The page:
Mahler, arr. Glen Cortese: Das Lied von der Erde
Magdalena Kožená (mezzo-soprano)
No sooner than gaining Simon Rattle, London is about to lose him again, one of many ‘Brexit dividends’ that continue to lighten our lives. As is so often the case, Britain’s loss is Germany’s gain, Rattle exchanging the London Symphony Orchestra for Munich’s Bavarian Radio Symphony Orchestra. In the meantime, Cologne’s Philharmonie is offering a ‘Sir Simon Rattle Portrait’, involving both the LSO and the Chamber Orchestra of Europe. Here, I heard Rattle conduct the latter in Strauss’s Metamorphosen and Glen Cortese’s reduction of Mahler’s Das Lied von der Erde for smaller orchestra.
The COE’s sound for the Strauss, cultivated and variegated, spoke very much of a collection of soloists come together in collaboration with a conductor, influencing one another. Rattle gave a detailed, yet unfussy account, taking time where necessary, letting the music breathe, but also pushing on later in tandem with Strauss’s generative motivic writing. I was put in mind of a comment Rattle made when recording Schoenberg’s Gurrelieder of this being the largest of string quartets. And Metamorphosen here sounded, more in the flexible line of Furtwängler than, say, Karajan or Klemperer, as if a companion piece to Verklärte Nacht, albeit with its sinking back into darkness perhaps having something in common with Strauss’s own Alpine Symphony (if you can imagine a chamber version of that). That was not final, of course, for spirits rose proudly once more, Rattle doing justice to the emotional and formal complexities of the work. Whilst sometimes I missed the stronger bass and thus harmonic drive one would hear from the conductors cited above, this had much to recommend it, not as a final word, but an important current one. For if this is not a piece that deals in ambiguities, what is?
Das Lied von der Erde made for an interesting comparison with a performance (for full orchestra) I heard last month from the LPO and Edward Gardner, with the same soloists, Magdalena Kožená and Andrew Staples. Rattle conducted from memory, as he had Metamorphosen. Whereas much of his recent Mahler has seemed wilful to me, I had the impression the challenge of this new version gave him enough of a challenge to curb more arbitrary flights of fancy (though some will have disagreed, particularly in the fifth and sixth movements). At any rate, neither Cortese’s work nor Rattle’s response offered little that is radical. I had been expecting something akin to an Erwin Stein Mahler Fourth, whereas here we had a large chamber orchestra (strings 10.8.6.4.3, mostly pairs of wind instruments, etc.) playing a slightly reduced score. Both singers seemed more greatly at ease, I thought, though whether that were a matter of score, conductor, or both I can hardly say. Staples in his numbers was readily able to sing on top of the orchestra rather than within, though there were a few cases, doubtless interpretative choices, of slight hectoring. The orchestra, though—and one felt this from the very start—retained its sense of being a group of soloists; that is the COE way (which so attracted Claudio Abbado, among others). Never did one quite hear the full, Mahlerian orchestral sound, whether in wind or bass, though that may in part have been Rattle’s preference. Instrumental solos, for instance Clara Andrada (flute) and Kai Frömbgen (oboe) were outstanding.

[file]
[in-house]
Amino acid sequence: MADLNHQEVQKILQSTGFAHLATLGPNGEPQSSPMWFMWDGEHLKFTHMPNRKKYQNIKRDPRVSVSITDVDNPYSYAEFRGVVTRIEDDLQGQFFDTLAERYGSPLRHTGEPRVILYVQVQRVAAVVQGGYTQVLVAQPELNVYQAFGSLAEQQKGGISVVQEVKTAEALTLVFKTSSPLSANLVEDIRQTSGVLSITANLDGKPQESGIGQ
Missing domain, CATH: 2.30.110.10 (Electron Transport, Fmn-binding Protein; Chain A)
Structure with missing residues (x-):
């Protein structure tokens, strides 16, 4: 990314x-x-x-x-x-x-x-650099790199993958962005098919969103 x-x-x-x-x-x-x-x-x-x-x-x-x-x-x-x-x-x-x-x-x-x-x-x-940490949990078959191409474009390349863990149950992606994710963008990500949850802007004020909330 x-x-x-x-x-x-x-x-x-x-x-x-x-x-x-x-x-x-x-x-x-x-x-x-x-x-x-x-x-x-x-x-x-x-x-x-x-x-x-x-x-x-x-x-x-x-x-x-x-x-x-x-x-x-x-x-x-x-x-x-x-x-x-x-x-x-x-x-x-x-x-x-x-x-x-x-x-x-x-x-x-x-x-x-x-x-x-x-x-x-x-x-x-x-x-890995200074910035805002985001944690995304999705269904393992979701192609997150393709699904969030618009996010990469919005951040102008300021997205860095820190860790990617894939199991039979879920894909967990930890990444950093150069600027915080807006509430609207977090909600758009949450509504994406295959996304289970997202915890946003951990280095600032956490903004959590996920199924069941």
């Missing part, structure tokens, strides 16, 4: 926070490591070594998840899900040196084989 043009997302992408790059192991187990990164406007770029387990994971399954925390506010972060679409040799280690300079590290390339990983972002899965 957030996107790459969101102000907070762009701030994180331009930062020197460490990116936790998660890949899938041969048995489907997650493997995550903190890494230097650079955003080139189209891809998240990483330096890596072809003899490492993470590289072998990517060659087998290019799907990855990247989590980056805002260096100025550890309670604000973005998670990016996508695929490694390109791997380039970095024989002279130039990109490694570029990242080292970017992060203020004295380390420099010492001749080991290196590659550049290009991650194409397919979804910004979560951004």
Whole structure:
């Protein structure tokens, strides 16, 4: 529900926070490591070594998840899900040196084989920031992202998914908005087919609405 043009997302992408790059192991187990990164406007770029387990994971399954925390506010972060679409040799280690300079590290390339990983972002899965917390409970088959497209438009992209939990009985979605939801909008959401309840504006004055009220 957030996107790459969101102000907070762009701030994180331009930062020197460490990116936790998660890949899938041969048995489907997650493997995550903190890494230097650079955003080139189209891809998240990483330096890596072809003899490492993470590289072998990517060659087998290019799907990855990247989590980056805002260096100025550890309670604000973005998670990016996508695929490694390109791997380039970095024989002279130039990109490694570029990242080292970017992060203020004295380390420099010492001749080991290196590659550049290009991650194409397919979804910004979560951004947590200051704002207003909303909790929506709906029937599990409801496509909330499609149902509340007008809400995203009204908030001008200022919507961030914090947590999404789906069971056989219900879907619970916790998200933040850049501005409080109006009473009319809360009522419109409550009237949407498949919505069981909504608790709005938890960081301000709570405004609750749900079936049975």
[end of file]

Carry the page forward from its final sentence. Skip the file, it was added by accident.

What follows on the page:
In ‘Der Einsame im Herbst’, the second movement, Kožená, confiding and intimate, though not without moments of grander scale, collaborated both with her instrumental partners and with Rattle to trace a sese of circular despair, of lack of progress, as the third stanza returned us to its opening material. There was as great an orchestral swell as we heard at the close of this movement, paving the way for detailed, chamber contrast in the third and fourth, Staples notably more lyrical than he had been in London. Rattle and Kožená conjured up a nightmarish central section in ‘Von der Schönheit,’ the former’s interventionism more pronounced in ‘Der Trunkene im Frühling’, its third stanza heard as if in a daze. But then, the text does say: ‘Mir ist als wie im Traum’.
‘Der Abschied’ lacked nothing in darkness as it opened. Rattle was again keener to mould, though not unduly. He arguably brought the music closer to Schoenberg than often one hears: individual lines threatened to go their own way, yet never quite did. Kožená’s singing was richly expressive and adaptive. Whereas Gardner had, until part way through this movement, seemed largely content to act as accompanist, Rattle’s more prominent ‘voice’ helped ensure a sense of turn around rather than flicking of a switch: ‘Die Schönheit dieses Abends au genießen.’ The lengthy, at times Wagnerian, orchestral interlude conveyed a sense that, while turning back might be inevitable, it would not be done without a fight. There was some splendid dragging of orchestral feet here, leading to a chamber Totentanz. As its marionettes prepared the wat for a desolate ‘Er stieg vom Pferd…,’ Kožená sounded—indeed, looked—changed forever. Her radiant final stanza, magical celesta and all, made the point near-definitively.